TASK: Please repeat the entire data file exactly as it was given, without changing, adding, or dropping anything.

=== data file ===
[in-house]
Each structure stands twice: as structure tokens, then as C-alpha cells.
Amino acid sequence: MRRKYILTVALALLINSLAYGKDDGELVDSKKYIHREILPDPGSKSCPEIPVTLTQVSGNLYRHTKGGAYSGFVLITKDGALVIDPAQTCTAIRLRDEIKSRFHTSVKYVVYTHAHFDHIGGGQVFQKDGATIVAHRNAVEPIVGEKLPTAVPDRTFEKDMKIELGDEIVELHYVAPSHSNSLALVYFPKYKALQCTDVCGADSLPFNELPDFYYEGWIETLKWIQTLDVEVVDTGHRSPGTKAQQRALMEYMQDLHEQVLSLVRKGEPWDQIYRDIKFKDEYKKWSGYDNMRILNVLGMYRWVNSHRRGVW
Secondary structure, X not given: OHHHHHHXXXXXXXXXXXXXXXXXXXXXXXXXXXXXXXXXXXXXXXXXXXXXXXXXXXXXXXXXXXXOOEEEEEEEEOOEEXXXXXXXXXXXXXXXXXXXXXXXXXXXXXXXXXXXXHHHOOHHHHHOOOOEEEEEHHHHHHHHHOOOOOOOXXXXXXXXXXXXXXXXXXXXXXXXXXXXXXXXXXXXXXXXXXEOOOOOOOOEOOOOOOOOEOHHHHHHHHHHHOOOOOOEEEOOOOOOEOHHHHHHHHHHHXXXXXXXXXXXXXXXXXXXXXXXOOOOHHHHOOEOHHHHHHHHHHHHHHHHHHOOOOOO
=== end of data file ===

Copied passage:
[in-house]
Each structure stands twice: as structure tokens, then as C-alpha cells.
Amino acid sequence: MRRKYILTVALALLINSLAYGKDDGELVDSKKYIHREILPDPGSKSCPEIPVTLTQVSGNLYRHTKGGAYSGFVLITKDGALVIDPAQTCTAIRLRDEIKSRFHTSVKYVVYTHAHFDHIGGGQVFQKDGATIVAHRNAVEPIVGEKLPTAVPDRTFEKDMKIELGDEIVELHYVAPSHSNSLALVYFPKYKALQCTDVCGADSLPFNELPDFYYEGWIETLKWIQTLDVEVVDTGHRSPGTKAQQRALMEYMQDLHEQVLSLVRKGEPWDQIYRDIKFKDEYKKWSGYDNMRILNVLGMYRWVNSHRRGVW
Secondary structure, X not given: OHHHHHHXXXXXXXXXXXXXXXXXXXXXXXXXXXXXXXXXXXXXXXXXXXXXXXXXXXXXXXXXXXXOOEEEEEEEEOOEEXXXXXXXXXXXXXXXXXXXXXXXXXXXXXXXXXXXXHHHOOHHHHHOOOOEEEEEHHHHHHHHHOOOOOOOXXXXXXXXXXXXXXXXXXXXXXXXXXXXXXXXXXXXXXXXXXEOOOOOOOOEOOOOOOOOEOHHHHHHHHHHHOOOOOOEEEOOOOOOEOHHHHHHHHHHHXXXXXXXXXXXXXXXXXXXXXXXOOOOHHHHOOEOHHHHHHHHHHHHHHHHHHOOOOOO